That’s true not only because the self-care helps, but also because it models good behavior for the household’s children: “They recognize how you’re dealing with anxiety and dealing with stress,” and they’ll learn a lot from a parent’s healthy approach, she continued.
Improving online learning
Among the questions from the media were several related to remote learning and its effectiveness in K-12 schools. For example, do the benefits of in-person schooling outweigh the public-health risks in districts hard hit by COVID?
In a word, no, at least until local, state and federal public-health authorities deem it safe for students to return to physical classrooms, the UND faculty members agreed. “Safety first,” Votava said.
In that case, are there Best Practices that can improve distance learning’s effectiveness?
Absolutely yes, Votava continued.
Just as we’re all learning to do our jobs and be productive over Zoom, so, too, can teachers develop a productive online classroom environment for students. “These days, the coursework in our College even offers those Best Practices for teachers-in-training,” she said.
Among the tips: Build productive relationships. Ask students in the morning how they’re doing; get them to share their feelings.
And for younger students in particular, “don’t just drone on,” Votava said.
“You don’t have to sit like we’re doing right now (during this webinar),” she said. “You can dance, you can sing, you can play songs to learn numbers by.
“Anytime we’re engaging and creating interest and getting students to ask questions, that’s really wonderful.”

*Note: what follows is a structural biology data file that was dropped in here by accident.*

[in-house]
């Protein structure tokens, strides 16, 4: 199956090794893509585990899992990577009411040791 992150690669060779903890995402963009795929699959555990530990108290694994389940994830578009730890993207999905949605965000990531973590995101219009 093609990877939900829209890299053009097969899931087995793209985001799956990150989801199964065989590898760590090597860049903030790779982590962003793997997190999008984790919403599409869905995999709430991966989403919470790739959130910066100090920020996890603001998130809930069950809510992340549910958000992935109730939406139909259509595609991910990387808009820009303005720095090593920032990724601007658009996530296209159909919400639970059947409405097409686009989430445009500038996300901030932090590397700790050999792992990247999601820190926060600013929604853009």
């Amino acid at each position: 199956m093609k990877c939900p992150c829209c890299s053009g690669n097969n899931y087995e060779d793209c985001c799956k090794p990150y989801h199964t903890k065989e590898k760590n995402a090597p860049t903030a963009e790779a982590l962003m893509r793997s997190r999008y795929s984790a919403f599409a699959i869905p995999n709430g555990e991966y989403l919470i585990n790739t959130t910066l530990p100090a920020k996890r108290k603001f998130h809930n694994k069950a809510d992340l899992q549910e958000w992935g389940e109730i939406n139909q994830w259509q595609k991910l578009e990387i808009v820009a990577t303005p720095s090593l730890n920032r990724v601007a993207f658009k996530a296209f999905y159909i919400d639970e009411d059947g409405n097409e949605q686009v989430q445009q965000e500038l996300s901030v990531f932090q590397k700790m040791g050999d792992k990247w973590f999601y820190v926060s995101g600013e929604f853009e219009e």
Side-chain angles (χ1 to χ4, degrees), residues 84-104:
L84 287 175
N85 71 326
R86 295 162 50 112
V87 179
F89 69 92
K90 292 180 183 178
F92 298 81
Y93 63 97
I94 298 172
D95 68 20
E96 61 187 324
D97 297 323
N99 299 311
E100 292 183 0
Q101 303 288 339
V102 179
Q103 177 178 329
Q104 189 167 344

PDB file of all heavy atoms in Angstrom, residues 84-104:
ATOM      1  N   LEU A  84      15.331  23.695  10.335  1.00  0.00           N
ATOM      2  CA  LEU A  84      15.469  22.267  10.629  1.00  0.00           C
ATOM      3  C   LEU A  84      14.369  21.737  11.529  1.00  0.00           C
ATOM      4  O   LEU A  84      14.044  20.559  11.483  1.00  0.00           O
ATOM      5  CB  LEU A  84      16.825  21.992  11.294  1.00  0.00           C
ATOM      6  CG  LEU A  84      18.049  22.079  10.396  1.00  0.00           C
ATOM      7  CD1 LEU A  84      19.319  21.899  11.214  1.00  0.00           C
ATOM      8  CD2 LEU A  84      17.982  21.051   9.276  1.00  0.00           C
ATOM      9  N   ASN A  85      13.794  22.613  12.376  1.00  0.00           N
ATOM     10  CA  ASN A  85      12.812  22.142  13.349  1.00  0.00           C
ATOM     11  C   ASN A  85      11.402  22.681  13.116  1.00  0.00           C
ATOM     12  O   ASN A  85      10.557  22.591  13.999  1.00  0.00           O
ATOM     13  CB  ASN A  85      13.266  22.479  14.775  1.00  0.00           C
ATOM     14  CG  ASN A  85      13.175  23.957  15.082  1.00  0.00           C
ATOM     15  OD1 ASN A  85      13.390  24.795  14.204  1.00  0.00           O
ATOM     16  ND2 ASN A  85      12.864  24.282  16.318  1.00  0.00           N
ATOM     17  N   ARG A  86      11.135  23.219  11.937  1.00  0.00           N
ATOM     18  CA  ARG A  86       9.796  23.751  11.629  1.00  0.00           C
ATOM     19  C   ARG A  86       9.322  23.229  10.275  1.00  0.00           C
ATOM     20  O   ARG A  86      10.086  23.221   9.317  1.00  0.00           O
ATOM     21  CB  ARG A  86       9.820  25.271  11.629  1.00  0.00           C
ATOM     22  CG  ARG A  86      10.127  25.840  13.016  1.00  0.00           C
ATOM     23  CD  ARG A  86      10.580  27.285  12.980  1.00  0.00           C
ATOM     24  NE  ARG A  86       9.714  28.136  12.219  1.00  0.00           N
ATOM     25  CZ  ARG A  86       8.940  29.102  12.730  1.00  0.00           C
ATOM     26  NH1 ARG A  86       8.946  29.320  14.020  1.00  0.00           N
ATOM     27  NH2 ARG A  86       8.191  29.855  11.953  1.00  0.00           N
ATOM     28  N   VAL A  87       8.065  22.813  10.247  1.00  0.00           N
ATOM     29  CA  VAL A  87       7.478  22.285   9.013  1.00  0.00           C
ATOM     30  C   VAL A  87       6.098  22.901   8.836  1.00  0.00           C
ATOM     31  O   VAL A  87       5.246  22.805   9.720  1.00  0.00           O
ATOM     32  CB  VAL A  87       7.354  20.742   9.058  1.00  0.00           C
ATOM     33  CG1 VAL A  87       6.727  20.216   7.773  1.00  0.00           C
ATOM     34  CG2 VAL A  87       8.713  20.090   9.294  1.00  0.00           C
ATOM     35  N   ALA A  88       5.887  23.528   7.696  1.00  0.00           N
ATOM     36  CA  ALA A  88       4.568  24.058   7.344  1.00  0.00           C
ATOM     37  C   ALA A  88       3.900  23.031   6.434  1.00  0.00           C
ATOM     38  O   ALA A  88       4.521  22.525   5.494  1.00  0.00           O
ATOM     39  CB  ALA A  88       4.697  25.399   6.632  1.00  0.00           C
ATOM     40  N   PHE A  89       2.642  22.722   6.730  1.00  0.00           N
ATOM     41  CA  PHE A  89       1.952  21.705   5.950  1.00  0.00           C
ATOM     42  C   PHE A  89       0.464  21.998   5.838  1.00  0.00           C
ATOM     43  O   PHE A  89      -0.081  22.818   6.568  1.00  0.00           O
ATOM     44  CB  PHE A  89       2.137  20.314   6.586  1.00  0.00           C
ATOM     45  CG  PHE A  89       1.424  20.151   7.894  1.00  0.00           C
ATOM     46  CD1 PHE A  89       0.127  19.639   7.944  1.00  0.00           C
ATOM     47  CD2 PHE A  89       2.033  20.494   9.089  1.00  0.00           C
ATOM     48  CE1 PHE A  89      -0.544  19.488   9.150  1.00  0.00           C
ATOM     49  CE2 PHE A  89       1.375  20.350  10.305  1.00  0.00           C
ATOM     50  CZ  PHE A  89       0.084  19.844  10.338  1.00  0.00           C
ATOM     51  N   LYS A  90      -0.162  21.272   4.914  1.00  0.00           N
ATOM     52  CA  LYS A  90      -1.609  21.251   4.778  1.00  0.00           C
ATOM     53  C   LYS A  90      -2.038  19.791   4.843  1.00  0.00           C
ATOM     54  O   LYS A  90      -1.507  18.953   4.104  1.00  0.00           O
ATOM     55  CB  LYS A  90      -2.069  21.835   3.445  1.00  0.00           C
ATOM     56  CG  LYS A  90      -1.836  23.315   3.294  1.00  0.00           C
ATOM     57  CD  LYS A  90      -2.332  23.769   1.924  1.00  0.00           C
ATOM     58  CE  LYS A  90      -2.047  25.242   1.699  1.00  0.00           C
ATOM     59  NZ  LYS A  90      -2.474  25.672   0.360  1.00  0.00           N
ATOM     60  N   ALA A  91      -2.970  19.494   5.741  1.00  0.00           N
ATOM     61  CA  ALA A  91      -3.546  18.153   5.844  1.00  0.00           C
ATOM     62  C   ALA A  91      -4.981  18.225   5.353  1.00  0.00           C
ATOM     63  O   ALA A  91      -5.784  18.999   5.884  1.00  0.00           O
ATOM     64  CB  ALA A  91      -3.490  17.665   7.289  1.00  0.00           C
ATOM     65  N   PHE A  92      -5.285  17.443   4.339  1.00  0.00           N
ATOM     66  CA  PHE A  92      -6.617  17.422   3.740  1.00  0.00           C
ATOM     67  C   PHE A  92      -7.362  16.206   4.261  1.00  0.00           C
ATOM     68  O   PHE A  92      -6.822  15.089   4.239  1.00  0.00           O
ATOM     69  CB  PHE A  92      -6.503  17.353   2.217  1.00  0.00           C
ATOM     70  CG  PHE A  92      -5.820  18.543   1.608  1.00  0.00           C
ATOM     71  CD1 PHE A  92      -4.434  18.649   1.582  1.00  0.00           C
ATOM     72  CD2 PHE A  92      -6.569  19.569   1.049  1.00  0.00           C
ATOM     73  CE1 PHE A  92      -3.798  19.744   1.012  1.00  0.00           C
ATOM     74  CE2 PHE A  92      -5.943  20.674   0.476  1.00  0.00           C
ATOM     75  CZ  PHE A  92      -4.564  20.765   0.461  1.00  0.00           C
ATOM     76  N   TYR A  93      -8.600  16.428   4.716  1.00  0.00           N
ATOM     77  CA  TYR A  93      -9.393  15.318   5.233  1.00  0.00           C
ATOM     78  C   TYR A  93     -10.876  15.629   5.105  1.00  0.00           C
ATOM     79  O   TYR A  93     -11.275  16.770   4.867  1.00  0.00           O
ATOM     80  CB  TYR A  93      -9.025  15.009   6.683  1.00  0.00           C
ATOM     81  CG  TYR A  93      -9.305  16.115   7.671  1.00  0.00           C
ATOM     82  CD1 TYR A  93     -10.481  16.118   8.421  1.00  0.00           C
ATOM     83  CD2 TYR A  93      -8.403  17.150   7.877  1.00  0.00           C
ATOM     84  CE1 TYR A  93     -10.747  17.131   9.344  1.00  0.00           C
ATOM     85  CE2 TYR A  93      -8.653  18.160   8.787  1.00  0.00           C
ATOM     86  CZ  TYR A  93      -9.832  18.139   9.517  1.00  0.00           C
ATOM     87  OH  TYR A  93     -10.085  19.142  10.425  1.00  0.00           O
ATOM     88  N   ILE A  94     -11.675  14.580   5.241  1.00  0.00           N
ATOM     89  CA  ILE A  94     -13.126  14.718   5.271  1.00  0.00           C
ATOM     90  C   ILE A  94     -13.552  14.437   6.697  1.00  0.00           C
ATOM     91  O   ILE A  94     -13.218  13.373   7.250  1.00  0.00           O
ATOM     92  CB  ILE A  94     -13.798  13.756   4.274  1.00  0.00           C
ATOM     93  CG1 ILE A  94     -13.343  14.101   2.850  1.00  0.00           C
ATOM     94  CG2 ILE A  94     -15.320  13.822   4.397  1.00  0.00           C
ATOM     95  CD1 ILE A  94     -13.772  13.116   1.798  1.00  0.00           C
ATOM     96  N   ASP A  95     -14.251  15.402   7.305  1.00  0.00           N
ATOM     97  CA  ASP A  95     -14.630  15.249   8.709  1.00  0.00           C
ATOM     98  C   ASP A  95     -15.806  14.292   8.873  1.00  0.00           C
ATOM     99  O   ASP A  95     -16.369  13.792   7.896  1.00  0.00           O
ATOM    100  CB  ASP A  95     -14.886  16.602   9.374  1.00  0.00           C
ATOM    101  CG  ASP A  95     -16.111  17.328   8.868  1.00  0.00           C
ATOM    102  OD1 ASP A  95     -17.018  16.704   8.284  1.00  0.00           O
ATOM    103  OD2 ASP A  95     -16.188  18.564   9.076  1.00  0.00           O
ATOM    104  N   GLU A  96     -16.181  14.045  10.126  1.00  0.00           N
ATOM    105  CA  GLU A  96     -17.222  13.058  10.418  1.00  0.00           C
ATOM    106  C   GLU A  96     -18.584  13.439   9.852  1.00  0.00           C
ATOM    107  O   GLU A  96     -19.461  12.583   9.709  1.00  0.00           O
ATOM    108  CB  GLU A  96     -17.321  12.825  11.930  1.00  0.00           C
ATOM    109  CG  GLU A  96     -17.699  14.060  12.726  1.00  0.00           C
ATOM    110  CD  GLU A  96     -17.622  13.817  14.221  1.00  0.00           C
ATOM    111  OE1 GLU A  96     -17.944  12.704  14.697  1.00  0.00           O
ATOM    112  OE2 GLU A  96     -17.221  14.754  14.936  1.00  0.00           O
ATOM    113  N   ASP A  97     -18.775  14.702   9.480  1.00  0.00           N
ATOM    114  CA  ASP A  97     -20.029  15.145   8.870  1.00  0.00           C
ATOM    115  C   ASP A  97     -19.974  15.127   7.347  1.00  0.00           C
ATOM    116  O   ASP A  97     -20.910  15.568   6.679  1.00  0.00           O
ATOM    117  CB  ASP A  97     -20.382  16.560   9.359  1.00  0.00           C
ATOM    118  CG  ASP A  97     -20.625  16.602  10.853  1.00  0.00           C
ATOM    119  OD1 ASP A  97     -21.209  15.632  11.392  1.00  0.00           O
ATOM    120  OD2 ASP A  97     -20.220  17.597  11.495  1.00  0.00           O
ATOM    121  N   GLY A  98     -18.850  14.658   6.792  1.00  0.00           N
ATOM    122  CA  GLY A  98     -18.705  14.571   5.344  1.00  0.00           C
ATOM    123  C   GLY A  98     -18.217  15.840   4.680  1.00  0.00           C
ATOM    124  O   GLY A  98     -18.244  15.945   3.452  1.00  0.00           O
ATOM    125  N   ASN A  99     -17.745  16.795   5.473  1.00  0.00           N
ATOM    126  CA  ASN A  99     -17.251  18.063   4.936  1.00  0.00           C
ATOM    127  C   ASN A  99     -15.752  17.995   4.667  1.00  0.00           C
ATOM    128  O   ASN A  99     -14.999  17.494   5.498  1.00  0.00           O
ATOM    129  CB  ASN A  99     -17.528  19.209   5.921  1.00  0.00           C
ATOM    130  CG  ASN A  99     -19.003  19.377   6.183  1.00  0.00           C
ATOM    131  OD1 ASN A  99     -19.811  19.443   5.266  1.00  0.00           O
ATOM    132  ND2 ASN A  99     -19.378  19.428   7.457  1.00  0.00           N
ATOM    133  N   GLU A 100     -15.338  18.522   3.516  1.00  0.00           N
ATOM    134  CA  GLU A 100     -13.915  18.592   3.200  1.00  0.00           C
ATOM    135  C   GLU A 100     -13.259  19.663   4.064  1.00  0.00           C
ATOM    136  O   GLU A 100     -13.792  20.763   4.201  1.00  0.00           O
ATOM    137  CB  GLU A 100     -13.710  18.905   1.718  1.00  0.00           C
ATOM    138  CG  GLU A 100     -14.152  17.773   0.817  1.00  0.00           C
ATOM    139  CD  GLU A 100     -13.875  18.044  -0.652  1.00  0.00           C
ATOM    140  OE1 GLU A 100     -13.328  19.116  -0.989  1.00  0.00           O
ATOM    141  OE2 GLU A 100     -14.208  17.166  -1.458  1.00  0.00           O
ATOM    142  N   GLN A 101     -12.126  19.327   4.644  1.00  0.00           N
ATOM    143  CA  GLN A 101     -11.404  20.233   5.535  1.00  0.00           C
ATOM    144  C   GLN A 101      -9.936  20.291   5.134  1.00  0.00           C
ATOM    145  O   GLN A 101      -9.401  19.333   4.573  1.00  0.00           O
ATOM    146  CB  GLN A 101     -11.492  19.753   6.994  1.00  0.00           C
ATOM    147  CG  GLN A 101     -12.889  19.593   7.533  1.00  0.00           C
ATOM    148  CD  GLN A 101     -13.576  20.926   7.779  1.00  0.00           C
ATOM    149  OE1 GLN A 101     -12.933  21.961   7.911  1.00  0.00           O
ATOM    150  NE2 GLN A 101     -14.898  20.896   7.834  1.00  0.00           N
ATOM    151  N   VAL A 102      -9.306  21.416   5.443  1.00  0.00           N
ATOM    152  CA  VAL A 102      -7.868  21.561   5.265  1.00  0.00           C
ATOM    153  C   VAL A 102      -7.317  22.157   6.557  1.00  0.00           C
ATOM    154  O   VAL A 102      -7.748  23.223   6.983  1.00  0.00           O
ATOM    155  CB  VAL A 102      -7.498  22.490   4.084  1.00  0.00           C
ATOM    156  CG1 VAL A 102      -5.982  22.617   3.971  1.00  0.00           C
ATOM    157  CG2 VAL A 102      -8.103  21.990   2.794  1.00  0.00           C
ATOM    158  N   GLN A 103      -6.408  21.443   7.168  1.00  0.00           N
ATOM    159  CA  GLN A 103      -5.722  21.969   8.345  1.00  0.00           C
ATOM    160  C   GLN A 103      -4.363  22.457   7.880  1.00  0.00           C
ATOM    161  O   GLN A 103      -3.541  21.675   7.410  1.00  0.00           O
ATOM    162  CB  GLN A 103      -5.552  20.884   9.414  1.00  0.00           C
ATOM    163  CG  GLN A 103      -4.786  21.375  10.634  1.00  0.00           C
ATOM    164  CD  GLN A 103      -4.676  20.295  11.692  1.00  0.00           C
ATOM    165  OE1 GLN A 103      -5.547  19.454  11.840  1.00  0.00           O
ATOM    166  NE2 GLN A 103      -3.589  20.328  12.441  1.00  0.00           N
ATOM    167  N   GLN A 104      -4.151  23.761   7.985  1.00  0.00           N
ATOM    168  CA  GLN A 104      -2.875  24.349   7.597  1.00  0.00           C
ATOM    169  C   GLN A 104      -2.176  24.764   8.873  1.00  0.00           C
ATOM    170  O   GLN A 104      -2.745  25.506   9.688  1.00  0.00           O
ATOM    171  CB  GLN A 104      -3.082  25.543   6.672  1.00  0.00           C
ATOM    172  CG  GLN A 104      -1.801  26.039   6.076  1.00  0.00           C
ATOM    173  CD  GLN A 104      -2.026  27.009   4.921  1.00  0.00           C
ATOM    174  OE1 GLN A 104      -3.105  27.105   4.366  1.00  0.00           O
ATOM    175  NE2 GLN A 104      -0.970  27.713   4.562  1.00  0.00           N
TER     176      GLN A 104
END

Of course, presenting engaging coursework over Zoom is easier said than done, Votava said. And with that in mind, UND is working hard to help North Dakota teachers do their jobs.
For example, “our Teacher Education department really pivoted over the summer to think about how we can support our state school system,” specifically to ease the statewide teacher shortage, she said.
The department helped student teachers go online to fully assist North Dakota teachers in creating lessons and carrying out activities. Likewise, student teachers with enough credits are being encouraged to get their substitute-teacher licenses, enabling them to fill positions and ease the burdens on a pandemic-stressed K-12 system.
“Our goal is both to help student teachers gain experience, and also to give relief to teachers who have been so hard hit by the pandemic and the constant cycle of the quarantine,” Votava said.
That this is a stressful time for parents, students and teachers alike is showing up in the Northern Prairie Community Clinic’s numbers: Referrals are up 300 percent, from 10 a month to about 40 a month, Quincer said.
But for years, UND has been focusing on both rural-health concerns and training clinicians in telecounseling services, and that positioned the College and the clinic alike to respond right away when COVID hit.
“You know, we were doing telehealth services back when I was a student here,” said Quincer, who earned both her master’s degree and doctorate at UND.
“So when the pandemic hit and we were able to pivot so quickly, one of the things that happened is that we became a resource for the entire North Dakota University System.”
And today, UND gets calls from mental-health providers from not only North Dakota, but also surrounding states. “We provide our policies and procedures to anyone who asks,” Quincer said during the webinar.
“We’ve had this long dedication to assisting underserved populations, particularly in the rural area.” Providing that service is a point of pride for everyone at the University, she said.